US House Speaker Nancy Pelosi is expected to visit Taiwan on Tuesday, defying Chinese authorities who have warned of consequences if the trip takes place, according to people familiar with her plans.
It would be a landmark move by a US official and raise the risk of a military confrontation given China views Taiwan as its territory. Pelosi would become the first sitting speaker since Newt Gingrich to go to the island in 25 years. One person said a meeting with President Tsai Ing-wen is on Pelosi’s schedule for Wednesday, although another person said such a meeting is still in flux.
The news was first reported by the Liberty Times, one of Taiwan’s pro-ruling party newspapers.
Her visit would likely elicit an angry response from China, which promised “grave Tsai Ing-wenconsequences” for diplomatic relations for the trip. President Xi Jinping told President Joe Biden on a call last week he would “resolutely safeguard China’s national sovereignty and territorial integrity” and that “whoever plays with fire will get burnt.”
Chinese media outlets including the Communist Party’s Global Times have suggested the People’s Liberation Army would make an aggressive response to a Pelosi trip, possibly by sending warplanes right over the island.
Taiwan would then need to decide whether to shoot them down, a move that could trigger a wider military conflict. Beijing has flagged other options for retaliation, including trade penalties, and has a history of squeezing Taiwan economically.
The Liberty Times reported that Pelosi was expected to see lawmakers in Taipei on Wednesday. It made no mention of a potential meeting with President Tsai Ing-wen. The Wall Street Journal also reported that Pelosi plans to visit Taiwan and meet government officials, citing people familiar with the matter.
While the US scrapped its mutual defense treaty with Taiwan after establishing diplomatic ties with Beijing in 1979, China must weigh the possibility that America and its allies in the region would get drawn in militarily. Biden said in May that Washington would intervene to defend Taiwan in any attack from China, although the White House later clarified he meant the US would provide military weapons in accordance with existing agreements.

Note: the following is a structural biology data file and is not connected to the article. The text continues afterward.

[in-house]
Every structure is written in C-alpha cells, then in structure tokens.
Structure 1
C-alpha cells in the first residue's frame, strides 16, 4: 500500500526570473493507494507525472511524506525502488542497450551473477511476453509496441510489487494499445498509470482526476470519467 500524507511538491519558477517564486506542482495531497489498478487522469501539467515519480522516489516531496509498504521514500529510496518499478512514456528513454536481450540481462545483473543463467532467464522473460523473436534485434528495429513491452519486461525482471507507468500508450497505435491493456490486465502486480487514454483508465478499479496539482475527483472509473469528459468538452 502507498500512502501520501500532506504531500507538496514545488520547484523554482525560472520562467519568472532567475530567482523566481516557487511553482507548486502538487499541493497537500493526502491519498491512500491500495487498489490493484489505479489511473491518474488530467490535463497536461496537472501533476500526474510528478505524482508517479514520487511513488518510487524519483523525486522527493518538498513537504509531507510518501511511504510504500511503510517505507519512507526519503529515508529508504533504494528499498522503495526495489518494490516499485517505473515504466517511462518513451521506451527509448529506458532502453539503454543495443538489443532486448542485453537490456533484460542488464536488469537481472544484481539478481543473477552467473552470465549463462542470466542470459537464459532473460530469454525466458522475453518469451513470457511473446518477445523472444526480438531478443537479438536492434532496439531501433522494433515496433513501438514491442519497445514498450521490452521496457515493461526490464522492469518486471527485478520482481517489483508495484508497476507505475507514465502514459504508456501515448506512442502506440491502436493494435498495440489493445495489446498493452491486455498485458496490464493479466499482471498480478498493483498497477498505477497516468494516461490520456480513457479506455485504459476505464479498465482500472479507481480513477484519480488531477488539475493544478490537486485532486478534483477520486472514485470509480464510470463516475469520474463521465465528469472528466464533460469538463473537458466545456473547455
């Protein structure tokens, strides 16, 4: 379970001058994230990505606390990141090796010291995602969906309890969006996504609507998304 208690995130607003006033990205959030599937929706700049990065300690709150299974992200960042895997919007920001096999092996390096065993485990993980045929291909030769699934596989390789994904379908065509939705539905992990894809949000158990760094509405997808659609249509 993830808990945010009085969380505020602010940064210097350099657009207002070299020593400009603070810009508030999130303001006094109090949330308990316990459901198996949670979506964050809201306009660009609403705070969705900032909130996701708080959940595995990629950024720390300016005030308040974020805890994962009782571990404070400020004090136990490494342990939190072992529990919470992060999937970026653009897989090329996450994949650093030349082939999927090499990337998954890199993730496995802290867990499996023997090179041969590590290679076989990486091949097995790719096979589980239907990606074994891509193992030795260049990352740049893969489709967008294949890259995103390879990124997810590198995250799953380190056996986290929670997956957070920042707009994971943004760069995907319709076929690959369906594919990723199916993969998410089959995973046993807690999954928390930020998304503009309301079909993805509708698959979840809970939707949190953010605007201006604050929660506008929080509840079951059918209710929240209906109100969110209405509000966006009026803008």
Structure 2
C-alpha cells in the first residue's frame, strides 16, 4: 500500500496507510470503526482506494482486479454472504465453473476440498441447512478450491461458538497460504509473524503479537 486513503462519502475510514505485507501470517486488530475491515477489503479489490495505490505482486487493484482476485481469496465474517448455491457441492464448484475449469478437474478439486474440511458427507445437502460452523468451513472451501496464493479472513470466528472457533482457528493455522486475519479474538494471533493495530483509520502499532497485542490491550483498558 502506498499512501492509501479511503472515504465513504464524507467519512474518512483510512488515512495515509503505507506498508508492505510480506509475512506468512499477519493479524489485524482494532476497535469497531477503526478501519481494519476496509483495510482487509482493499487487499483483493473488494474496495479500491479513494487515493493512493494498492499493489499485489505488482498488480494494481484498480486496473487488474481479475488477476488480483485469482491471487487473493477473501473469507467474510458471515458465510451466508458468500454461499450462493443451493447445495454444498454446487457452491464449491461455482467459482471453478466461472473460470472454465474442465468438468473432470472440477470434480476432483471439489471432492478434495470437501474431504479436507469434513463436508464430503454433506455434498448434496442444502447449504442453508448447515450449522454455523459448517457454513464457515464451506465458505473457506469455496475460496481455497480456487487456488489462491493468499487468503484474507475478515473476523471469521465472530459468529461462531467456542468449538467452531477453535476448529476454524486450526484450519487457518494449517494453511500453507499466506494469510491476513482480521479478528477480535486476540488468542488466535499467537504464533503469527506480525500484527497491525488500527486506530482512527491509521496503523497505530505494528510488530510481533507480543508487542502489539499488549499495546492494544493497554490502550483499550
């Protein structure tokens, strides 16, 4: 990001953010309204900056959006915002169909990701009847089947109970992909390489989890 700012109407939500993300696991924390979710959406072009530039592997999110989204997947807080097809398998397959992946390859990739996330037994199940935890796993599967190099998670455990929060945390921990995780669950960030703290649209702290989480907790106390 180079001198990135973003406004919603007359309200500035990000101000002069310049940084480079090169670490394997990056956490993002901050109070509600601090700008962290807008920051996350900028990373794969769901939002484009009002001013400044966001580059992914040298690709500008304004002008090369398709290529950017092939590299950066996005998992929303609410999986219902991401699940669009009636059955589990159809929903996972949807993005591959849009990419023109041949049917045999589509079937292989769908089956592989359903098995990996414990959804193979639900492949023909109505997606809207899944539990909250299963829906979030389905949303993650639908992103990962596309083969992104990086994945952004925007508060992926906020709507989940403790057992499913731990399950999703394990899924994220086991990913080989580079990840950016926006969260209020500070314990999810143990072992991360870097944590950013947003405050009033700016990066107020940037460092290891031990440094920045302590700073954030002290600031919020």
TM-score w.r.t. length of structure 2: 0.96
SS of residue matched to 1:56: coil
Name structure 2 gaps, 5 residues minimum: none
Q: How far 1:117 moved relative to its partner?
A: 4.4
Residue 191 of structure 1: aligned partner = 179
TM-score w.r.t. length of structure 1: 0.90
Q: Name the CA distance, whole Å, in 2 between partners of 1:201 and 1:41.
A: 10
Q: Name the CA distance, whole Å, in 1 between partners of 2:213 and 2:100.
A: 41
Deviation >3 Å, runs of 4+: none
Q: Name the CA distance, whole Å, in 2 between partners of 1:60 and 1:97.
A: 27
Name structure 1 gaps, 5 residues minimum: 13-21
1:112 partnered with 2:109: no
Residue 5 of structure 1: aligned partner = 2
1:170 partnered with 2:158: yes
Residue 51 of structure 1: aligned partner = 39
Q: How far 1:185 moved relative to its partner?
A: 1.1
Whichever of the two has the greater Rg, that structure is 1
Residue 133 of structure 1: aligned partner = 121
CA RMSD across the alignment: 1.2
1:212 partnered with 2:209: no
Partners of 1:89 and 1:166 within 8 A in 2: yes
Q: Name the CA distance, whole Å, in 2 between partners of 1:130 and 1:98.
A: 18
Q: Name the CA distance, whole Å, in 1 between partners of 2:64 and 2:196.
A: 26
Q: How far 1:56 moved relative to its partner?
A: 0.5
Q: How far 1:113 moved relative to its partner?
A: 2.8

Despite that risk, US lawmakers from both parties have expressed support for Pelosi’s trip, arguing it’s important that the top leader in Congress doesn’t cave to pressure from Beijing.
“If we can allow the Chinese to dictate who can visit Taiwan and who cannot, then we have already ceded Taiwan to the Chinese,” said Senate Foreign Relations Chair Bob Menendez, a New Jersey Democrat, who made his own trip to Taiwan in April.
Visits by lower level US lawmakers have also prompted military responses by China. Last November, Chinese warplanes flew around the east side of the island after a visit by a US congressional delegation.
The last major crisis in Taiwan came in 1995-96, when China lobbed missiles into the sea near ports and then-President Bill Clinton sent two aircraft carrier battle groups to the area. Gingrich visited both Taiwan and China the year after that episode, telling Beijing the US would defend the island.
Foreign Ministry spokesman Zhao Lijian made clear at a Monday news briefing, however, that Pelosi’s stature as the No. 3 official in the US made her trip highly sensitive, reiterating the army “won’t sit idly by.”